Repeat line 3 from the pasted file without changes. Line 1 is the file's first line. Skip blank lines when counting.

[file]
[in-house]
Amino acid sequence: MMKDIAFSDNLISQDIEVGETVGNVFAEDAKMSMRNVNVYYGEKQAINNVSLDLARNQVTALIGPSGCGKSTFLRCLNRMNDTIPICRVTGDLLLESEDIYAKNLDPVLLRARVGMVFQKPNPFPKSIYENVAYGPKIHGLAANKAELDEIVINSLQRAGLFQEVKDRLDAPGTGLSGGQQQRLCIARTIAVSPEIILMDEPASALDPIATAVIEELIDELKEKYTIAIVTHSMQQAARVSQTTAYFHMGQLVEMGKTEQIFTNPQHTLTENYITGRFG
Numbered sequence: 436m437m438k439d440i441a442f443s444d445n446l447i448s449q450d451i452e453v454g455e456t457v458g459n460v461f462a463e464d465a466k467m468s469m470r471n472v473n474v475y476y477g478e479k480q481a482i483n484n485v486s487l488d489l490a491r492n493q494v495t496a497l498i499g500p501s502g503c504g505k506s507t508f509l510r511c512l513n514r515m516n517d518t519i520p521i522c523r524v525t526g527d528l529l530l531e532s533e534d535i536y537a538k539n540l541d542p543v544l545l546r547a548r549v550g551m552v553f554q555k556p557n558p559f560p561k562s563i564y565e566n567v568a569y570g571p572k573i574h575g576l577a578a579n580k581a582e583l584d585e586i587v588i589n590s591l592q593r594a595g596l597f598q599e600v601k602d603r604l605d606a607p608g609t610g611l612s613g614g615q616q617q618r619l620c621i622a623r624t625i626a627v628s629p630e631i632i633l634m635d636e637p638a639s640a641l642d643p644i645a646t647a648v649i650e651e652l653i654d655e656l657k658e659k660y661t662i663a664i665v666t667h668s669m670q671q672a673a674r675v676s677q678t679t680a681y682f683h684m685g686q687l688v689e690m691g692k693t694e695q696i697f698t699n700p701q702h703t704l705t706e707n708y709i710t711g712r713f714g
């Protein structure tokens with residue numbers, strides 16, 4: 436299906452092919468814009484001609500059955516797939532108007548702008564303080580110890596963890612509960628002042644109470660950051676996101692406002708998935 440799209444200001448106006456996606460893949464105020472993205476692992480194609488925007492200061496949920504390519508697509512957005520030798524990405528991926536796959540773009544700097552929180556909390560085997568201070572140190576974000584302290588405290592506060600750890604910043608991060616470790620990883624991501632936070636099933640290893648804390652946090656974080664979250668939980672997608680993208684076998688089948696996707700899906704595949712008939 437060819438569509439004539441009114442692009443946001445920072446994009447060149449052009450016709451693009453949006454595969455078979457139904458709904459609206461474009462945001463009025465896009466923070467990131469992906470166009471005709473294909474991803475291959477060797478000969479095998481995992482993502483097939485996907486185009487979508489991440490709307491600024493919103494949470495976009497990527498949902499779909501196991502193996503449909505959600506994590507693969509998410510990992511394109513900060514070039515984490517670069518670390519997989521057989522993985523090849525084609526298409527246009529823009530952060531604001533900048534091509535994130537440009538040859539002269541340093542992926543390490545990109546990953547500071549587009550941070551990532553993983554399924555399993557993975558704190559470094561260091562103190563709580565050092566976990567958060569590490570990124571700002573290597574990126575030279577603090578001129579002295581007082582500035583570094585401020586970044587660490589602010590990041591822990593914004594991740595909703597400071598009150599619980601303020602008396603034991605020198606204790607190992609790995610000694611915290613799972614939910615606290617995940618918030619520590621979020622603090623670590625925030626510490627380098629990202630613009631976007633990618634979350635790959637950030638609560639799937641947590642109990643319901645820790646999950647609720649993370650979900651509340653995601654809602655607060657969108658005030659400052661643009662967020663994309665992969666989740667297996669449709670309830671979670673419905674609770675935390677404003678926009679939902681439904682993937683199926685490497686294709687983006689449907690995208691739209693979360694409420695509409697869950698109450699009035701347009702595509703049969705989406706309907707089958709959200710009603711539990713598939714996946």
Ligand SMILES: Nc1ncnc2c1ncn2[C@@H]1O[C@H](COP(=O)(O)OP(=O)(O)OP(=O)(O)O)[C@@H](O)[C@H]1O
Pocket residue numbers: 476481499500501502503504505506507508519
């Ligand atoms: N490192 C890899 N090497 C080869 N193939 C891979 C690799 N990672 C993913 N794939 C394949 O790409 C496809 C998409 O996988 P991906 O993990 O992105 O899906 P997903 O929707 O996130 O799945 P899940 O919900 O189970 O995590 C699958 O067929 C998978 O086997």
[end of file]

Numbered sequence: 436m437m438k439d440i441a442f443s444d445n446l447i448s449q450d451i452e453v454g455e456t457v458g459n460v461f462a463e464d465a466k467m468s469m470r471n472v473n474v475y476y477g478e479k480q481a482i483n484n485v486s487l488d489l490a491r492n493q494v495t496a497l498i499g500p501s502g503c504g505k506s507t508f509l510r511c512l513n514r515m516n517d518t519i520p521i522c523r524v525t526g527d528l529l530l531e532s533e534d535i536y537a538k539n540l541d542p543v544l545l546r547a548r549v550g551m552v553f554q555k556p557n558p559f560p561k562s563i564y565e566n567v568a569y570g571p572k573i574h575g576l577a578a579n580k581a582e583l584d585e586i587v588i589n590s591l592q593r594a595g596l597f598q599e600v601k602d603r604l605d606a607p608g609t610g611l612s613g614g615q616q617q618r619l620c621i622a623r624t625i626a627v628s629p630e631i632i633l634m635d636e637p638a639s640a641l642d643p644i645a646t647a648v649i650e651e652l653i654d655e656l657k658e659k660y661t662i663a664i665v666t667h668s669m670q671q672a673a674r675v676s677q678t679t680a681y682f683h684m685g686q687l688v689e690m691g692k693t694e695q696i697f698t699n700p701q702h703t704l705t706e707n708y709i710t711g712r713f714g